• DeWolf 14:43 on 2022-12-14 Permalink

            As usual, part of this comes down to provincial inaction, because it’s Quebec that has the power to raise speed fines and install more cameras. And as we saw today, Legault’s first response to the news of the little girl being killed was to say “I think most Quebeckers follow the speed limit in school zones.” Despite data from the CAA (an automotive association!) indicating exactly the opposite.

            Get this: there are precisely 12 red light cameras on the island of Montreal. In Quebec City? There are 40.

          • Tim S. 16:59 on 2022-12-14 Permalink

            I note that, according to CBC at least, the driver is being charged with leaving the scene and not the actual act. There’s so much to say about the failure to enforce existing laws, but the reluctance to see reckless driving as criminal in itself is a part of the problem.

          • dhomas 18:18 on 2022-12-14 Permalink

            This is really sad. That poor family. ;( I have an 8- and a 7-year old, so this kind of story really resonates.

            With respect to traffic calming measures, the cops can’t be everywhere. We need to put in infrastructure that slows drivers down. On my street, there is a bike lane next to a park. It’s a 30 zone. When I drive near the speed limit (OK, I’ll admit, I go about 33-35), there are maniacs that will pass me IN THE BIKE LANE. NEXT TO A KID’S PARK. And honking all the way to show me that I’m the asshole for being careful. There are routinely cops hiding in the bushes, but this still happens regularly.

            I’ve asked the city many times to install speed bumps and bulb-outs, but nothing has happened yet on this front.

            They did recently move the bike lane next to the sidewalk so cars need to park closer to the roadway (previously, cars would park next to the sidewalk and the bike lane was in the street). This has had the effect of narrowing the street with the parked cars forming a kind of gauntlet. Though it is only effective at night, since each side of the street has no parking rules from 8h30-11h30 (left side) and 13h-16h (right side).

            In any case, all this to say, you don’t need to enforce anything if the bad drivers have no opportunity to behave badly.

          • DeWolf 19:08 on 2022-12-14 Permalink

            @dhomas, exactly. Montreal and Quebec generally have limited traffic calming tools. There are stop signs (somewhat effective but ultimately a very crude solution), curb extensions (great for many reasons), speed bumps (fine) and bike paths, which as you mentioned have the effect of narrowing the roadway, slowing cars down. But we need a more thorough rethink of traffic rules and how streets are arranged in the first place.

            In the Netherlands and a number of other European countries, sidewalks and bike paths are raised and continuous, except at major intersections, so a car turning from a main road onto a side street is forced by design to slow down and yield to pedestrians and cyclists. At two intersecting residential streets, there usually isn’t a stop sign, just a yield, but both streets will be designed to keep traffic moving at a crawl through a variety of features like narrow lanes, bollards, curb extensions, speed bumps, etc. All of this has the effect of not only improving pedestrian and cyclist safety, but of making car traffic smoother and more predictable – albeit slower than some drivers here would like.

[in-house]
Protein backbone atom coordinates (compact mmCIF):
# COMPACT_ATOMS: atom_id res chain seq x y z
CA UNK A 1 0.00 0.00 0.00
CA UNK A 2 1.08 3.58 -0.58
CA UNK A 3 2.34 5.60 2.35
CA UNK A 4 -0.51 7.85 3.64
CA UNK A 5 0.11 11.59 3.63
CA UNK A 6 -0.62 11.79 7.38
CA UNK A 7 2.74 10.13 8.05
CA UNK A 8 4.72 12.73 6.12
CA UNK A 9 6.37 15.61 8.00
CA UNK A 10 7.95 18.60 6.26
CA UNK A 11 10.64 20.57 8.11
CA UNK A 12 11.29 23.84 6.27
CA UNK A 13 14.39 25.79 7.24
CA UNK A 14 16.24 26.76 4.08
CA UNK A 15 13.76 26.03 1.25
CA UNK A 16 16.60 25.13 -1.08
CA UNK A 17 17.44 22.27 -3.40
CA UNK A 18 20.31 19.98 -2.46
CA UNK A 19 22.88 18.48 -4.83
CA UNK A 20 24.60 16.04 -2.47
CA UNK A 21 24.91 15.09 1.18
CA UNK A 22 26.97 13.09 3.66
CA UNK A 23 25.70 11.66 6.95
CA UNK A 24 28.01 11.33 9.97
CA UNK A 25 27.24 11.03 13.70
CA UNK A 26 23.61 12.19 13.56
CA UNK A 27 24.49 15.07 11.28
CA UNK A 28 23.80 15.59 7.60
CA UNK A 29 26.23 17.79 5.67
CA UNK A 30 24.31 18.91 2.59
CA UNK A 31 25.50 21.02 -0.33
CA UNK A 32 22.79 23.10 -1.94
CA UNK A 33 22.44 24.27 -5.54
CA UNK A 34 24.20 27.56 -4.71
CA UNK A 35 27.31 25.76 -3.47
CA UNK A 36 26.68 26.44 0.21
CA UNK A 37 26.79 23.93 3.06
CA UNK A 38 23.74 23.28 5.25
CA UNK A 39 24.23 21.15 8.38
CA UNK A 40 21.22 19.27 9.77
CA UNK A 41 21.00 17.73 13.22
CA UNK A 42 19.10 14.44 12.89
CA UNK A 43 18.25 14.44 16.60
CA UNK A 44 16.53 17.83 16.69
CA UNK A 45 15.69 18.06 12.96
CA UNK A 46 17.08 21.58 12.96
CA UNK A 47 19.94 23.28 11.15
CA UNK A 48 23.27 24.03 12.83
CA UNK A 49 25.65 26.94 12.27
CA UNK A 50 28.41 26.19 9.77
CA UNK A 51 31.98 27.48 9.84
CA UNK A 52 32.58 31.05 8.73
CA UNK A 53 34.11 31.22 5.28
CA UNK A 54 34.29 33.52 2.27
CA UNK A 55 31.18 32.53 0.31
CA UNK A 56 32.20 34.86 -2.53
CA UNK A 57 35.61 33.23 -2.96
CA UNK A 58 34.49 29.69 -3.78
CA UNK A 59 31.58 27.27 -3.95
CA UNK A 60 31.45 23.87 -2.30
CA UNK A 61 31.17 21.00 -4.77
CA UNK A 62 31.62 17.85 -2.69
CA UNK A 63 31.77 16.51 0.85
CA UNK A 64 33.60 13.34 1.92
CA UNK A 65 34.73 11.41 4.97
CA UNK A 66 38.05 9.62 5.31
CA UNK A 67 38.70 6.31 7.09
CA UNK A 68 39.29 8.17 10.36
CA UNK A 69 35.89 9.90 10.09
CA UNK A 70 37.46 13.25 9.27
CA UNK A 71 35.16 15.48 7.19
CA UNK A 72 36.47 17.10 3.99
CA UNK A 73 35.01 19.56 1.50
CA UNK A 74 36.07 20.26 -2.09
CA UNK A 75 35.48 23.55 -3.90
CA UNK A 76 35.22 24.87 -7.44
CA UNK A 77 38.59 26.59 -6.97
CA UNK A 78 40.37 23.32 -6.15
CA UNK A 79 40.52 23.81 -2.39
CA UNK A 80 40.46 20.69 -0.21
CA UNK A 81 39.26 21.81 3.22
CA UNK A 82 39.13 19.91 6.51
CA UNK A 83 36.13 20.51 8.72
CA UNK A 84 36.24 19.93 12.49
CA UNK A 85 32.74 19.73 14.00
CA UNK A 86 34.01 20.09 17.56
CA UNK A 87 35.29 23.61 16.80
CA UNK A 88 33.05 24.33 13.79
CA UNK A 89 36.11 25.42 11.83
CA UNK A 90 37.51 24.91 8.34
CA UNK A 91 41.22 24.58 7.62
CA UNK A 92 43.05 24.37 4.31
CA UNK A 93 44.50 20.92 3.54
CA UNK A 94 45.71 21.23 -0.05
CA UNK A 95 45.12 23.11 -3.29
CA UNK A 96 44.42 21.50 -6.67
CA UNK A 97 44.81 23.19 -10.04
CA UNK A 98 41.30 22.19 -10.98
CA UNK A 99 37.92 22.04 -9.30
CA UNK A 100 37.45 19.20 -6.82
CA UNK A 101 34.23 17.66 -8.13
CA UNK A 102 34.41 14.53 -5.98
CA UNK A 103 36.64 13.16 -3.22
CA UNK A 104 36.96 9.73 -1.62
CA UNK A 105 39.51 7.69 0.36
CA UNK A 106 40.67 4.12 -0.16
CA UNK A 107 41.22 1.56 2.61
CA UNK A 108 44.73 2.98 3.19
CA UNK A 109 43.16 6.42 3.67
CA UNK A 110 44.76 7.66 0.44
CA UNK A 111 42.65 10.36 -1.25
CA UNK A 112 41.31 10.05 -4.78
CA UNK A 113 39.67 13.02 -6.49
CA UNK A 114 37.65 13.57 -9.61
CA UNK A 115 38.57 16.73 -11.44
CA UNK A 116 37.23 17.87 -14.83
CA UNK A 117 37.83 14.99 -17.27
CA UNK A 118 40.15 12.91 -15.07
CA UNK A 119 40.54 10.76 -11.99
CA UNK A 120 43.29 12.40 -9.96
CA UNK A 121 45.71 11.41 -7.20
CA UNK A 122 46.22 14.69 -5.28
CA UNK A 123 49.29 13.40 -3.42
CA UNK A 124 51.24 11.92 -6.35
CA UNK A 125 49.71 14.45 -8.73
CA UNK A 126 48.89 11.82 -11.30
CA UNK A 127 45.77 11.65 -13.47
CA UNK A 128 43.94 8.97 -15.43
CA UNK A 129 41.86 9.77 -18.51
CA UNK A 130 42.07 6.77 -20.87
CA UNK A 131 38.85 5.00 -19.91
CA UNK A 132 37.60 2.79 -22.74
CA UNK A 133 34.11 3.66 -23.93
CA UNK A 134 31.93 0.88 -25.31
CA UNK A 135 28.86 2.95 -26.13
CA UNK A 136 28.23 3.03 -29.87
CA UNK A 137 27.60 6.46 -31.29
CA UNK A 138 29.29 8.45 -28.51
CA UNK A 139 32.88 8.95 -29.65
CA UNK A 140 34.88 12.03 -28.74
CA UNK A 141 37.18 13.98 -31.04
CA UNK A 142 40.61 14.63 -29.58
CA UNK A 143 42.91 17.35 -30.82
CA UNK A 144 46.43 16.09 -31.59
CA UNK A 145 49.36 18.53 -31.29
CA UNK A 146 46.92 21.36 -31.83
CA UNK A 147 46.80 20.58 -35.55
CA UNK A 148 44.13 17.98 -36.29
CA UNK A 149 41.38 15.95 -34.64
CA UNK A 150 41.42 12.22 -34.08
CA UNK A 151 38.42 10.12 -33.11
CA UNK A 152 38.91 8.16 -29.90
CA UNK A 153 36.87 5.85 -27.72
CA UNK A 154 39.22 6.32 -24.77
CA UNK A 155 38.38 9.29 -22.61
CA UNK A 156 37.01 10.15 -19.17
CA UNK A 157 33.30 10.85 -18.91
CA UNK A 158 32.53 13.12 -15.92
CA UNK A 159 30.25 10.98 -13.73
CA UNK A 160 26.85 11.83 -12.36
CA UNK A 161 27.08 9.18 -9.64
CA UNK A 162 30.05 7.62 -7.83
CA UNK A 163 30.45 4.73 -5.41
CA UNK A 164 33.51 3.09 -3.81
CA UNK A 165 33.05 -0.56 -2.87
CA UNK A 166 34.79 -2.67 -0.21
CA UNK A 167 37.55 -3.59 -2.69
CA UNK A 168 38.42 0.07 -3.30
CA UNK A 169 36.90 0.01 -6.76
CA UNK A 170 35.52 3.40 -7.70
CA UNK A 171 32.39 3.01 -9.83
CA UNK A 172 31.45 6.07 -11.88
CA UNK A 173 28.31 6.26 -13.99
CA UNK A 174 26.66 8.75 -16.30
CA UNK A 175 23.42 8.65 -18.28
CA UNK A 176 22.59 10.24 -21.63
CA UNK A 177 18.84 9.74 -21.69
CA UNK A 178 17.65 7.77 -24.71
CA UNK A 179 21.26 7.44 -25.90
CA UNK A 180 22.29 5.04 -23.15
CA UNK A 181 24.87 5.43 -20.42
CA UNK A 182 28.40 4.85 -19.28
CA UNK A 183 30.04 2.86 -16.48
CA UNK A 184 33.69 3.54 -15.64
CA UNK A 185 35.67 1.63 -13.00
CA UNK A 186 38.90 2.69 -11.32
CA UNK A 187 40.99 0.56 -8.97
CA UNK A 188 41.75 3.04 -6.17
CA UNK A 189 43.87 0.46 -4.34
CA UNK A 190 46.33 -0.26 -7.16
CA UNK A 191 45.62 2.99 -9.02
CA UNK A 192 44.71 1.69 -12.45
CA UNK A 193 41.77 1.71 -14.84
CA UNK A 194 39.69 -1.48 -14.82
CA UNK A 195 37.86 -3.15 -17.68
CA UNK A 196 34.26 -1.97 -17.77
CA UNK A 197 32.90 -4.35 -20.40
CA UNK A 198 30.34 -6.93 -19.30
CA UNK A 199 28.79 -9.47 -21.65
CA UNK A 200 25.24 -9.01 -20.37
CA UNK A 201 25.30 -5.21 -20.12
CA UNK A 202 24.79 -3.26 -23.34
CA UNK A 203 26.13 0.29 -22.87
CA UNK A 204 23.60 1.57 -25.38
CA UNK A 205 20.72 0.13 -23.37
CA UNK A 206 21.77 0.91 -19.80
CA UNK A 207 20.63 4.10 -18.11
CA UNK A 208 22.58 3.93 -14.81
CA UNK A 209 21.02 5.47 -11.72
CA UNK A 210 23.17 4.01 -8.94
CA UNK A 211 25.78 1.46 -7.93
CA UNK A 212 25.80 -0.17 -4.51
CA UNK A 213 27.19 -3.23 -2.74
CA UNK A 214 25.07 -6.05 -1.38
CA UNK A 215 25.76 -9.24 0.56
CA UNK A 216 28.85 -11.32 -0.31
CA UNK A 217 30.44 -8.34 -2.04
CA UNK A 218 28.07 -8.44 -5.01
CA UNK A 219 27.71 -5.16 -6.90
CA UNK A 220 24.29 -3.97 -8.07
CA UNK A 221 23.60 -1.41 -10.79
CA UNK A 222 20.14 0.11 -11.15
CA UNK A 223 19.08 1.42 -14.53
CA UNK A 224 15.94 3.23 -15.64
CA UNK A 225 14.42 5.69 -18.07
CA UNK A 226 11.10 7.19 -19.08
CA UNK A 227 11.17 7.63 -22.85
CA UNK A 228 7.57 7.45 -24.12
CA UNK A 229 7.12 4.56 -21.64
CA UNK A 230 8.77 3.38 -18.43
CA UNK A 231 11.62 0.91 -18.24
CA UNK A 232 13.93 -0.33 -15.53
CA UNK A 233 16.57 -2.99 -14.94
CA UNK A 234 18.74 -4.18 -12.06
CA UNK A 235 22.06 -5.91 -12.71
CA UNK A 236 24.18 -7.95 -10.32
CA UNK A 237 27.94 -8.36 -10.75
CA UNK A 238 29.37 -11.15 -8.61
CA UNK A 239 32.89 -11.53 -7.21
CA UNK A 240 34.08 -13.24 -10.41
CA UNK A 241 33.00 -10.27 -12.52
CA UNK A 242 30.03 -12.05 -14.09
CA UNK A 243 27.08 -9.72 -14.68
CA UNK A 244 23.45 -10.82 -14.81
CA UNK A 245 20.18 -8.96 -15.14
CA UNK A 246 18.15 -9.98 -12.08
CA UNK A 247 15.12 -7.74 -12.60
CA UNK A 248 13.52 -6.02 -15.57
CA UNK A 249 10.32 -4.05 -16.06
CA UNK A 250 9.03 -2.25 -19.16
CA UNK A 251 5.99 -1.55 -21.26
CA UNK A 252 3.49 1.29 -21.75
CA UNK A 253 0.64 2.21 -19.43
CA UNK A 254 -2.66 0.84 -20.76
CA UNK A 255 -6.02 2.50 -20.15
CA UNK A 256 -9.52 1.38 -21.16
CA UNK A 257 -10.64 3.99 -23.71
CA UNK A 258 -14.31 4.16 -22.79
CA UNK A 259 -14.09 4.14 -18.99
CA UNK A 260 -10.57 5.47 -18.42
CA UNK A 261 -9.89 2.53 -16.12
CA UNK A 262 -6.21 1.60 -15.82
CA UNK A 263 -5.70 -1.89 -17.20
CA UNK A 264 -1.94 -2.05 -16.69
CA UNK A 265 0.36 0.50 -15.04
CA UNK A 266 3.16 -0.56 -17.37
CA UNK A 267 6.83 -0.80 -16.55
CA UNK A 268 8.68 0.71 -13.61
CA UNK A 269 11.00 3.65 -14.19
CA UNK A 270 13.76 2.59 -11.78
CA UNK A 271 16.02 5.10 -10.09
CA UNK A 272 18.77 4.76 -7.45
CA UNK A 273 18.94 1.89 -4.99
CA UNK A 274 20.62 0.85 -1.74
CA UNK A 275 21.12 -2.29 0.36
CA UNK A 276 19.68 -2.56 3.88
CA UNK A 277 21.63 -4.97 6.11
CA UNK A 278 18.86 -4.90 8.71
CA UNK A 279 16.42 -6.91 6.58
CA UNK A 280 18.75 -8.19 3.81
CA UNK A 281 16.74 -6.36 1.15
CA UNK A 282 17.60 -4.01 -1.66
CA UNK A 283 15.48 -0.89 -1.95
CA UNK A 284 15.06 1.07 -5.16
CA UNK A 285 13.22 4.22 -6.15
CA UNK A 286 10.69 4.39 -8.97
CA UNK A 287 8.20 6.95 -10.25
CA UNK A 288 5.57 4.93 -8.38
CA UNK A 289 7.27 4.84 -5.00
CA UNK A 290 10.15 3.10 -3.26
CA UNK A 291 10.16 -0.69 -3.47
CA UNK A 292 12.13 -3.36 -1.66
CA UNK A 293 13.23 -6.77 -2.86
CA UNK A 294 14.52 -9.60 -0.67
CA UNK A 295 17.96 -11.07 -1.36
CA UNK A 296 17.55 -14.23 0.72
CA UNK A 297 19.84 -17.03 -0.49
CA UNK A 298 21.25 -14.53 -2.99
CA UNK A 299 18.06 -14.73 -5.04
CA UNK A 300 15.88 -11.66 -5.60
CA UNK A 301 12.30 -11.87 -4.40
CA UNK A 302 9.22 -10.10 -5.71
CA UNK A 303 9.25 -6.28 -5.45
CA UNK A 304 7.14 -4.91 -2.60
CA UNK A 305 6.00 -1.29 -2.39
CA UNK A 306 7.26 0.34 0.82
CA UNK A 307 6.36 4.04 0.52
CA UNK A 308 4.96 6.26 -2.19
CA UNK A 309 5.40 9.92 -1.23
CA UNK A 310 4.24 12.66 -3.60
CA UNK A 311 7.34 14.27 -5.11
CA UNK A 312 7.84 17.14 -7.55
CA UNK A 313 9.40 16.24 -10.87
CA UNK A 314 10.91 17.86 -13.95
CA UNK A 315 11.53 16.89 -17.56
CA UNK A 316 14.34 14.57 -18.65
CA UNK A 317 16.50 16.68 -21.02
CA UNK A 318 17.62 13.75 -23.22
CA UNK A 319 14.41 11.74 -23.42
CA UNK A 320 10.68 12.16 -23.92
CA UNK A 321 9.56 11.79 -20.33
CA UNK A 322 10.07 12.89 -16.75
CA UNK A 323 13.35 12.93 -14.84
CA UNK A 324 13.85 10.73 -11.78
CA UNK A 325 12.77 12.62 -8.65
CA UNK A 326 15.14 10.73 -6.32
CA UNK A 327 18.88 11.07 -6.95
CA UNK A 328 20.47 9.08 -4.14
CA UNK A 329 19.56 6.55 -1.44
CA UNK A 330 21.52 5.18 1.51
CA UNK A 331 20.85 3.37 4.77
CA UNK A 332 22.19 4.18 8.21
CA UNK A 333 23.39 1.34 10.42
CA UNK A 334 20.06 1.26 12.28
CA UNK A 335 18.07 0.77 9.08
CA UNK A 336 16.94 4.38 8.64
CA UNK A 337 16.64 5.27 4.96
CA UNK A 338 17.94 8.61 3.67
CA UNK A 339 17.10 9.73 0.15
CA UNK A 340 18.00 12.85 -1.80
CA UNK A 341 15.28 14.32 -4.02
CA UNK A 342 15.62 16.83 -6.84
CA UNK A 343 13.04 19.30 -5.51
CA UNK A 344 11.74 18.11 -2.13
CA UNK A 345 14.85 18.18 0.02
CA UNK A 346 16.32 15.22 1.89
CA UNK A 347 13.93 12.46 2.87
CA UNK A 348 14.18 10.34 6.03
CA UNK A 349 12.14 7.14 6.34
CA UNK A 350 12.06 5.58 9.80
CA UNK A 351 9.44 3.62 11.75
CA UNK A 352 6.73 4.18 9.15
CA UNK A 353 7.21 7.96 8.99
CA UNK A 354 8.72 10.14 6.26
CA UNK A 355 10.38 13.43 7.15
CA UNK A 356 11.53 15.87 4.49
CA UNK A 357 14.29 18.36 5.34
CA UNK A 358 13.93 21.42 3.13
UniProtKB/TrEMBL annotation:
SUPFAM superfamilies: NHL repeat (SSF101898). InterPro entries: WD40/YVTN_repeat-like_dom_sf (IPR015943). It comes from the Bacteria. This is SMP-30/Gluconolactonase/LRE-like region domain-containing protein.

We’re making progress. Pine Avenue is pretty decent, even though its raised sidewalks and bike paths aren’t up to Dutch standards. But we can’t wait for a major reconstruction of every street to install these features. One of the members of the Agora MTL forum created a mockup of a “superblock” traffic calming plan that would eliminate through traffic in the area around the school where the girl was killed. If the city wanted to, it could implement this plan immediately with planters and plastic bollards.


        • Kate 11:35 on 2022-12-13 Permalink | Reply  

          Quebec’s preparing to put the old Miséricorde hospital up for sale. This elegant gray stone complex at René‑Lévesque and St‑Hubert has been empty for ten years. The city drew up a hopeful plan to create not only social housing but student apartments, artist studios and housing for homeless seniors, but it doesn’t have the money, and the building is both decrepit and full of heritage details that have to be preserved.

          • Kate 11:15 on 2022-12-13 Permalink | Reply  

            The United Nations has decided to place a new office in Montreal. UN Habitat promotes changes in cities to make them more sustainable and resilient. The scale and the location of the office haven’t yet been announced.

            • Nicholas 13:24 on 2022-12-13 Permalink

              The cabinet chief of the UN org said “the bilingualism of Montreal was also a decisive factor”. I wonder if the city and province agree with this argument and this premise.

            • Kate 15:02 on 2022-12-13 Permalink

              Valérie Plante has said things that suggest she knows full well that one of the city’s strengths is its multiingualism and multiculturalism, but that certainly won’t make the CAQ happy.

          Compose new post
          Next post/Next comment
          Previous post/Previous comment
          Show/Hide comments
          Go to top
          Go to login
          Show/Hide help
          shift + esc